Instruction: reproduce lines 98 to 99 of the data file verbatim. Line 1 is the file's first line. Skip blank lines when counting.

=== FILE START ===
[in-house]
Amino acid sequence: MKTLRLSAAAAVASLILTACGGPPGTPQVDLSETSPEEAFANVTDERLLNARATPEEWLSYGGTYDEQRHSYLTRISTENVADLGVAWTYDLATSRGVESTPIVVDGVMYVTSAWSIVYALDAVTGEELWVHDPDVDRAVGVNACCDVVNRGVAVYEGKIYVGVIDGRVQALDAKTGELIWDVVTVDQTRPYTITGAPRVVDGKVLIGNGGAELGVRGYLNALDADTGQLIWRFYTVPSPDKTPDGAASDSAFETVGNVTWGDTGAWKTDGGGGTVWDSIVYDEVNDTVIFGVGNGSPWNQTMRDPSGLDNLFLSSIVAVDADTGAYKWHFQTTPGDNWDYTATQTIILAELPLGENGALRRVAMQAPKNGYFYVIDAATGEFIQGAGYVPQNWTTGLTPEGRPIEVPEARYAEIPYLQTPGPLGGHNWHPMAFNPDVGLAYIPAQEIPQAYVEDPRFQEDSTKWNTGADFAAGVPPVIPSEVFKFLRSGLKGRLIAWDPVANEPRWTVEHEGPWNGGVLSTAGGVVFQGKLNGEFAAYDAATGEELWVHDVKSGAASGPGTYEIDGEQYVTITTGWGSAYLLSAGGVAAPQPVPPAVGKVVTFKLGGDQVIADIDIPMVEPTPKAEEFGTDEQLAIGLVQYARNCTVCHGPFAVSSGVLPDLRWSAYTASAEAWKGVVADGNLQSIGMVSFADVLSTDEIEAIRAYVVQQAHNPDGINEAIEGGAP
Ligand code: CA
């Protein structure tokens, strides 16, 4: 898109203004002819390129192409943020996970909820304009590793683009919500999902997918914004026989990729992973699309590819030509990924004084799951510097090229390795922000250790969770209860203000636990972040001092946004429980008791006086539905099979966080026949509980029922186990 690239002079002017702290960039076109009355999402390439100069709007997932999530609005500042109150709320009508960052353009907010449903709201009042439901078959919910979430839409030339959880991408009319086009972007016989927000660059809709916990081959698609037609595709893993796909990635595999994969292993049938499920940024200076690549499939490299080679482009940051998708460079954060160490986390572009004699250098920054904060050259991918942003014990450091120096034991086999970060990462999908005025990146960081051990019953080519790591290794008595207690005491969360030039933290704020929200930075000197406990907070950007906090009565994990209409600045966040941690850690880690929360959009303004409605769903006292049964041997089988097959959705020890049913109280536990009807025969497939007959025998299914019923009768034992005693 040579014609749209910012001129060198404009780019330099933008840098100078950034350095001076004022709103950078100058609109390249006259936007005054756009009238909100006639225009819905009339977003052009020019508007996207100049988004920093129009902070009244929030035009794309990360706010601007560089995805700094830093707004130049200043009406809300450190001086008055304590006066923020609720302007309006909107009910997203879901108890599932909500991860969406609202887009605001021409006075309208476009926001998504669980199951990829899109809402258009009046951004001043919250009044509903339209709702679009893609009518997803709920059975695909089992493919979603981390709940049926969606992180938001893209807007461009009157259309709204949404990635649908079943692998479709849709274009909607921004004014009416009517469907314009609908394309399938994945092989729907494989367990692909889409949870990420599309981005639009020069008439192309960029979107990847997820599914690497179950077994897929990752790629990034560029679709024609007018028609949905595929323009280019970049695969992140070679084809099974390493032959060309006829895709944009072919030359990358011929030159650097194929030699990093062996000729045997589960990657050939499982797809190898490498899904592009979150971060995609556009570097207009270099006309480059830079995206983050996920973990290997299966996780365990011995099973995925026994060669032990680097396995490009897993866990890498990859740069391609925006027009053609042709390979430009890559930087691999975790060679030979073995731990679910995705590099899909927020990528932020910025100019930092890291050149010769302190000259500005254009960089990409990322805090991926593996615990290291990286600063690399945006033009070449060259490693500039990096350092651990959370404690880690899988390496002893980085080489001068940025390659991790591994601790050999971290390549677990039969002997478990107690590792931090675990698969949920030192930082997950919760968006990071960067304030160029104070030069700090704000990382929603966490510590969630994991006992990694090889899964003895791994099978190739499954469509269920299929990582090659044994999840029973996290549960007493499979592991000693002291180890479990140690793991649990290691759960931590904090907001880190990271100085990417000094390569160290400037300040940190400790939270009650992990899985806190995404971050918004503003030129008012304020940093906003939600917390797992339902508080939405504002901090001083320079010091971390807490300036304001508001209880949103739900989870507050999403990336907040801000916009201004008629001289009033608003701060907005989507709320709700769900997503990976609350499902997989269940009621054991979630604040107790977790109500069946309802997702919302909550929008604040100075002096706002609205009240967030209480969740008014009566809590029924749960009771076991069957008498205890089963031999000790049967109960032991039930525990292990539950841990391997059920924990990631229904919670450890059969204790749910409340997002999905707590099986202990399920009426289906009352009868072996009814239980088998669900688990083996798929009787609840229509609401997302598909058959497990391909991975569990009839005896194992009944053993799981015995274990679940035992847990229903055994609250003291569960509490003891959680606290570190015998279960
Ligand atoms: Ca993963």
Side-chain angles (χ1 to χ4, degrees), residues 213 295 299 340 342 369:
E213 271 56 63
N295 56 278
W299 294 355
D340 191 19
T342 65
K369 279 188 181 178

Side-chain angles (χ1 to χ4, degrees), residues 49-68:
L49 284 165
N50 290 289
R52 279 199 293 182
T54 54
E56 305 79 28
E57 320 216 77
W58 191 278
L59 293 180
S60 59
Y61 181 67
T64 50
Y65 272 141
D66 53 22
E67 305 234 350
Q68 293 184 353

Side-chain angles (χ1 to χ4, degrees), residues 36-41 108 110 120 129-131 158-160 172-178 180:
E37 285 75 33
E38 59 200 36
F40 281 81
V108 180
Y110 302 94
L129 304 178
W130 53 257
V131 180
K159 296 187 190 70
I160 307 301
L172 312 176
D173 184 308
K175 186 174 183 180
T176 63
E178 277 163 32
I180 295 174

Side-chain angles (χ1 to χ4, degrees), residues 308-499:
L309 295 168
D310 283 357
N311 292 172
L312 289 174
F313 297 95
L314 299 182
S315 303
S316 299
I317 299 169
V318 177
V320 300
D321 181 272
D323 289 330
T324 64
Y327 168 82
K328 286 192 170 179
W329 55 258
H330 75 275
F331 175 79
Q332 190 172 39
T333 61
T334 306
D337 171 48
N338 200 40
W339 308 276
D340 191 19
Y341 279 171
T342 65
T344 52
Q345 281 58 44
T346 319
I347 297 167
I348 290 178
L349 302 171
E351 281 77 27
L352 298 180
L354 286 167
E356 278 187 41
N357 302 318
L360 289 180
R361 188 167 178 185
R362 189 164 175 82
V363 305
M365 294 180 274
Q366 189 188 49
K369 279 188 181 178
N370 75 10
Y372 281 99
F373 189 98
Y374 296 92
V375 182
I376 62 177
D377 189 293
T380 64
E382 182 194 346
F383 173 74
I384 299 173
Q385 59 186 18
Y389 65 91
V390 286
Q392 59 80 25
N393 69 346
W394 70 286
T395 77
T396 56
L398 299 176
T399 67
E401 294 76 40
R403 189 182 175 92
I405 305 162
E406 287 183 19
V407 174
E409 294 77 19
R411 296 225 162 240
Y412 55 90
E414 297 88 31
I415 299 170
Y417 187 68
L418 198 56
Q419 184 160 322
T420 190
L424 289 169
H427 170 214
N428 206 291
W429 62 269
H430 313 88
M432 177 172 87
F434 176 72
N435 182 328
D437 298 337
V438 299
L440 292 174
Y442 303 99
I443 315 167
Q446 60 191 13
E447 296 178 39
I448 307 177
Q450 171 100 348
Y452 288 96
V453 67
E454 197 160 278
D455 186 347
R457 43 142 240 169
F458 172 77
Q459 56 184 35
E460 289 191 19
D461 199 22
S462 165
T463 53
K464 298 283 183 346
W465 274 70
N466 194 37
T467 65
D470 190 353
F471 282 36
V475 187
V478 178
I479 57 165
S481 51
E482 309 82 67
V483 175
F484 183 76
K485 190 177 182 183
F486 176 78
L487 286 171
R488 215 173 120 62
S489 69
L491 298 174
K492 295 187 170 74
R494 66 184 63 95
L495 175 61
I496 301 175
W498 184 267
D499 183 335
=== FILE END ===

I376 62 177
D377 189 293